27 Braque, Woman tvith Mandolin. 1910-11, oil, 36 by 28'/2, collection Walter 
P. Chrysler, Jr., Warrentown, Virginia. 

28 Braque, The Portuguese Guitar Player. 1911, oil, 46V4 by 28%, private col- 
lection, Paris. 

■ 29 Picasso, Guitar. 1912, construction in colored papers, 9'/2 inches high, owned 
by the artist. 

30 Braque, The Clarinet. 1913, pasted paper, facsimile wood grain and crayon 
drawing, 37 by 47, collection Amedee Ozenfant, New York. 

30 Picasso, Man tvith a Violin. 1913, pasted paper and charcoal drawing, 48% 
by i8'/8, collection Roland Penrose, London. 


30 Braque, The Concert. 1913, pasted paper, facsimile wood grain and charcoal 
drawing, 36 by 46 '/2, collection Pablo Picasso, Paris. 

31 Picasso, Glass, Pipe, Playing Card. 1914, painted construction in wood, I'iVi 
inches diameter, owned by the artist. 

32 Picasso, Still Life. 1912-13, oil and pasted paper on canvas, 36'/4 by 25V2) col- 
lection Walter C. Arensberg, Hollywood. 

32 Braque, Oval Still Life. 1914, oil, 36% by 25%, Museum of Modern Art, New 
York, gift of the Advisory Committee. 

33 Leger, Two Pipe Smokers. 191 1, oil, 51 by 38, former collection Georges 
Bernheim, Paris. 

33 Leger, Nudes in the Forest. 1909-10, oil, 96 by 132, collection KroUer-Miiller 
Foundation, Otterloo, Holland. 

34 Leger, Smoke over Roofs. 1913, gouache, 25'/4 by igVi, Buchholz Gallery, 
New York. 

35 Leger, The Card Party. 1916-17, oil, private collection. 

Writings by Daniel-Henry Kahnweiler 

Compiled by Bernard Karpet, Librarian, Museum of Modern Art, New Yor\ 

1. Der Kubismus. Die Weissen Blatter (Zurich-Leipzig) v.3, no.9, p.209-222 Sept. 1916. 

2. Die Schweizer Volksmalerei im XIX. Jahrhundert. Das Kunstblatt {Berlin) v. 2, no.7, 

p.223-225 July 1918. 

3. Vom Sehen und vom Bilden. Die Weissen Blatter (Zurich-Leipzig) v.6, no.7, P-3^5~322 

July 1919. 

4. Andre Derain. Das Kunstblatt (Berlin) v.3,, p.289-304 Oct. 1919. 

5. Expressionismus. Das Kunstblatt (Berlin) v.3, no.ii, p.351 Nov. 1919. 

6. Merzmalerei. Das Kunstblatt (Berlin) v.3, no. 11, p.351 Nov. 1919. 

7. Das Wesen der Bildhauerei. Feuer (Weimar) v.i, no.2-3, p. 145-156 Nov .-Dec. 1919. 

8. Der Weg zum Kubismus. 55p. plus 36 plates Miinchen, Delphin-Verlag, 1920. 

Issued in translation as: The rise of cubism, Neu> Yorl{, i()4g. 

9. Maurice de Vlaminck. i6p. plus 32 plates Leipzig, Klinkhardt & Biermann, 1920.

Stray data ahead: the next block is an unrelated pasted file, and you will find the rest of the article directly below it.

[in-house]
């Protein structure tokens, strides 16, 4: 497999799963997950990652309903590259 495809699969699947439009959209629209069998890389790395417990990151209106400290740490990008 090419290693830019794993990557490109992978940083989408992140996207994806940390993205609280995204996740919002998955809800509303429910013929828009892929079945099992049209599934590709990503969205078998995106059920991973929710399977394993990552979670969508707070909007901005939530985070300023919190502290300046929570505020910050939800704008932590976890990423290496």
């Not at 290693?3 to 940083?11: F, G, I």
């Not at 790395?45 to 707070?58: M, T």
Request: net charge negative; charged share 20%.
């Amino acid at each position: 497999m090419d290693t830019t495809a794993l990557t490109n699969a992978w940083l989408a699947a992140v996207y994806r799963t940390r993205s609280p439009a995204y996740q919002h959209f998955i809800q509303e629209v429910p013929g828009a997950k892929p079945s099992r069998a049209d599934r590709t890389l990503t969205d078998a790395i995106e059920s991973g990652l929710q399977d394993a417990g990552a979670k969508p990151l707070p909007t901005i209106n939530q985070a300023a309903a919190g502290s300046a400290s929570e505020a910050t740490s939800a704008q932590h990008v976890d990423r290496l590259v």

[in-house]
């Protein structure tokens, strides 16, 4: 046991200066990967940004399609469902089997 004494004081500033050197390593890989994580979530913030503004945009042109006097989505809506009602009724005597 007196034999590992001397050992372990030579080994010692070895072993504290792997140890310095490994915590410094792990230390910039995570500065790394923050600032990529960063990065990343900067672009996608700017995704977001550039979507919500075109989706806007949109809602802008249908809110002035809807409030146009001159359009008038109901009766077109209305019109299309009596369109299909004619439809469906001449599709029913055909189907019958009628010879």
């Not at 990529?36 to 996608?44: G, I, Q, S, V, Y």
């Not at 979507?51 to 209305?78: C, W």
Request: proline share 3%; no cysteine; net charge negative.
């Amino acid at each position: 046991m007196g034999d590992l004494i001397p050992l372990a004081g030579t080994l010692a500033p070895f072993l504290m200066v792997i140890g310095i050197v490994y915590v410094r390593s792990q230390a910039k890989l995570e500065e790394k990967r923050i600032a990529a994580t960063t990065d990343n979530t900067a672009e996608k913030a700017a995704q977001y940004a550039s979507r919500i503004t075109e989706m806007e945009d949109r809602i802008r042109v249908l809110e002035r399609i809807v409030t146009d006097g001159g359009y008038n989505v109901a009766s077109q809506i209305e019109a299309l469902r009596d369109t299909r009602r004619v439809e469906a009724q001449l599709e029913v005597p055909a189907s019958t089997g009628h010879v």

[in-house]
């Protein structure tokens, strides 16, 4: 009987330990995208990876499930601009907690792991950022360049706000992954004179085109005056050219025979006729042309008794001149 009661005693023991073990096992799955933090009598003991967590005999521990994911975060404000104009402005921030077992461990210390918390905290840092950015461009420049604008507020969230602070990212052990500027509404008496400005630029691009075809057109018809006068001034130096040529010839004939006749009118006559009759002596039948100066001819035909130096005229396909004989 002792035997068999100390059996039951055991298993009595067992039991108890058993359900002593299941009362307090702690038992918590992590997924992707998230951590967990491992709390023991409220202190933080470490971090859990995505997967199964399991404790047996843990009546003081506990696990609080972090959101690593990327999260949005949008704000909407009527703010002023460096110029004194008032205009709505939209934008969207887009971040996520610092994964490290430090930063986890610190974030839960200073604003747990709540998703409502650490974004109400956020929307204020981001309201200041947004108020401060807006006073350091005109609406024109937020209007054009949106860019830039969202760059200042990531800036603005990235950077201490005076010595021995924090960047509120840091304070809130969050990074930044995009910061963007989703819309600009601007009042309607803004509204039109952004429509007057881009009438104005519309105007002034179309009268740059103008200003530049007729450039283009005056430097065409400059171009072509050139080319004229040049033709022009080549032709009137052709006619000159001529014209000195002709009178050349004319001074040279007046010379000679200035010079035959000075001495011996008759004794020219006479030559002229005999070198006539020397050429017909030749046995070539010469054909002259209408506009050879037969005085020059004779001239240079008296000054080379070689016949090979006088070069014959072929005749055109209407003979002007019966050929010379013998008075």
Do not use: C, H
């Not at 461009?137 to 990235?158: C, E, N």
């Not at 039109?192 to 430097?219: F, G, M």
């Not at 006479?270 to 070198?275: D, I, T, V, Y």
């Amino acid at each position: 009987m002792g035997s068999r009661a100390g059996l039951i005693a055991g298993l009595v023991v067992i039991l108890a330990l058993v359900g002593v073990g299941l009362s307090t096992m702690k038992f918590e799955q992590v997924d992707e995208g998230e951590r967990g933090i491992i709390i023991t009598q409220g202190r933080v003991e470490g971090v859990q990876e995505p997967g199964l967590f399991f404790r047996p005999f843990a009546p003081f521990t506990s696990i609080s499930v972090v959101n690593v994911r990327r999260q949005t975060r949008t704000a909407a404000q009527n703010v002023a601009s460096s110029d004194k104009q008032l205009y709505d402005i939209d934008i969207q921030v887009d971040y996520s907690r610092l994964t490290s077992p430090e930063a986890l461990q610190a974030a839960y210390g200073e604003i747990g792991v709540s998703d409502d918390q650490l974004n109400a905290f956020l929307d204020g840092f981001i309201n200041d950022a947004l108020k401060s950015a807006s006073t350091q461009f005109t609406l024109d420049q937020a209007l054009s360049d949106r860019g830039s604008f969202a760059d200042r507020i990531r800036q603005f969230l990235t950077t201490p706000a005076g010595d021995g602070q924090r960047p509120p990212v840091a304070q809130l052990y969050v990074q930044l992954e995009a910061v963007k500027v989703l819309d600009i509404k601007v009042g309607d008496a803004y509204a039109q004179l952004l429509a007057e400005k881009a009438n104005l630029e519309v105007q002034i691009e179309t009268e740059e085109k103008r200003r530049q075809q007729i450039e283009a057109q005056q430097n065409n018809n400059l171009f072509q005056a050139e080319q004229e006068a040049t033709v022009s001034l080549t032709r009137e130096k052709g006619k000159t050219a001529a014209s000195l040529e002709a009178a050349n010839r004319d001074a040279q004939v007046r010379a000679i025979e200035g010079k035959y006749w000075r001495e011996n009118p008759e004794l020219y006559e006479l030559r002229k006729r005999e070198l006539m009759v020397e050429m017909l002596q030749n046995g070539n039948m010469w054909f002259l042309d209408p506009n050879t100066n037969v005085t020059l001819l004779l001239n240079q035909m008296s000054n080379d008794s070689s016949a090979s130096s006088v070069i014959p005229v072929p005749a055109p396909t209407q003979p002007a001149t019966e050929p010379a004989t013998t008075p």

( Junge Kunst. Bd. 1 1 ) . 

10. Andre Derain. i6p. plus 32 plates Leipzig, Klinkhardt & Biermann, 1920. (Junge Kunst. 


Also published in Dutch translation by Collection N.K., .imsterdam, 1924. Originally 

issued in Das Kun'stblatt v.^, igig, and in Jahrbuch der Jungen Kunst v.i, P.9S-95 


11. \\fcT\isiaXX.en. Die Freude (Oberfran^en) v.i, p.153-154 1920. 

12. Absichten des Kubismus. Das Kunstblatt (Berlin) v.4, no.2, p.6i Feb. 1920. 

13. Die Grenzen der Kunstgeschichte. Monatshefte fiir Kunstwissenschaft (Leipzig) v. 13, 

part I, p.91-97 Apr. 1920. 

14. Andre Derain. Der Cicerone (Leipzig) v.12, no. 8, p-3i5-3i7 Apr. 1920. 


15. Der Purismus. Der Cicerone {Leipzig) v. 12, no.p, p.364 May 1920. 

Also published in Jahrbuch der Jungen Kunst, v.i, p.i^<) 1^20. 

16. Fernand Leger. Der Cicerone (Leipzig) v. 12, no.19, p.699-702 Oct. 1920. 

Also published in Jahrbuch der Jungen Kunst, p.^oi—^o^ 1^20. 
i6a. Ingres: Ideen und Maximen. Das Kunstblatt v.9, no.i, p.18-24 Jan. 1925. 

"Zusammengestellt von Daniel Henry." 
1 6b. Maurice de Vlaminck. In Flechtheim, Alfred, Gallery. Maurice de Vlaminck, mit Bei- 

tragen von Daniel Henry, E. Teriade, und Gedichten des Malers, p.5-6 Berlin, Werk- 

kunst Verlag, 1926 (Veroffendichungen des Kunstarchivs. Nr.20.) 

Text dated igig, exhibition held Nov. 1^26. 

17. Der Tod des Juan Oris. Der Ouerschnitt {Berlin) v.7, no.7, p. 558 July 1927. 

17a. Das abenteuerliche Leben des Manuel Martinez Hugue, genannt Manolo. In Flechtheim, 
Alfred, Gallery. Manolo. p.3-8 Berlin, 1929. 
Also published in Der Ouer'schnitt v.g, no.8, p.590-^gi ic)2g. 

18. Juan Gris. i6p. plus 32 plates Leipzig, Klinkhardt & Biermann, 1929. (Junge Kunst 

Bd.55). . . . , ' 

Extracts also published in Cahiers d'Art, v.8, /pjj. 
iSa.Elie Lascaux. In Flechtheim, Alfred, Gallery. Elie Lascaux [exhibition catalog] p.8 Ber- 
lin, Diisseldorf, 1930. 

19. Juan Gris. In Ziirich. Kunsthaus. Juan Gris-Fernand Leger. p.24-27 Paris, Cahiers 

d'Art, 1933. 

Special edition issued for exhibitions of April and May. 

20. Introduction. In Buchholz Gallery, New York. Andre Masson [exhibition catalog] 1942. 

Translated by Maria Jolas. Also published in Volontes {Paris) Nov. j, 79^5. 

21. La naissance du cubisme. Les Temps Modernes {Paris) v.i, no.4, p.625-639, Jan. 1946. 

22. The state of painting in Paris, 1945 assessment. Horizon {London) v. 12, no.71, p.333- 

341, Nov. 1945. 

23. Elie Lascaux. Centres {Limoges) no.3 Feb. 1946.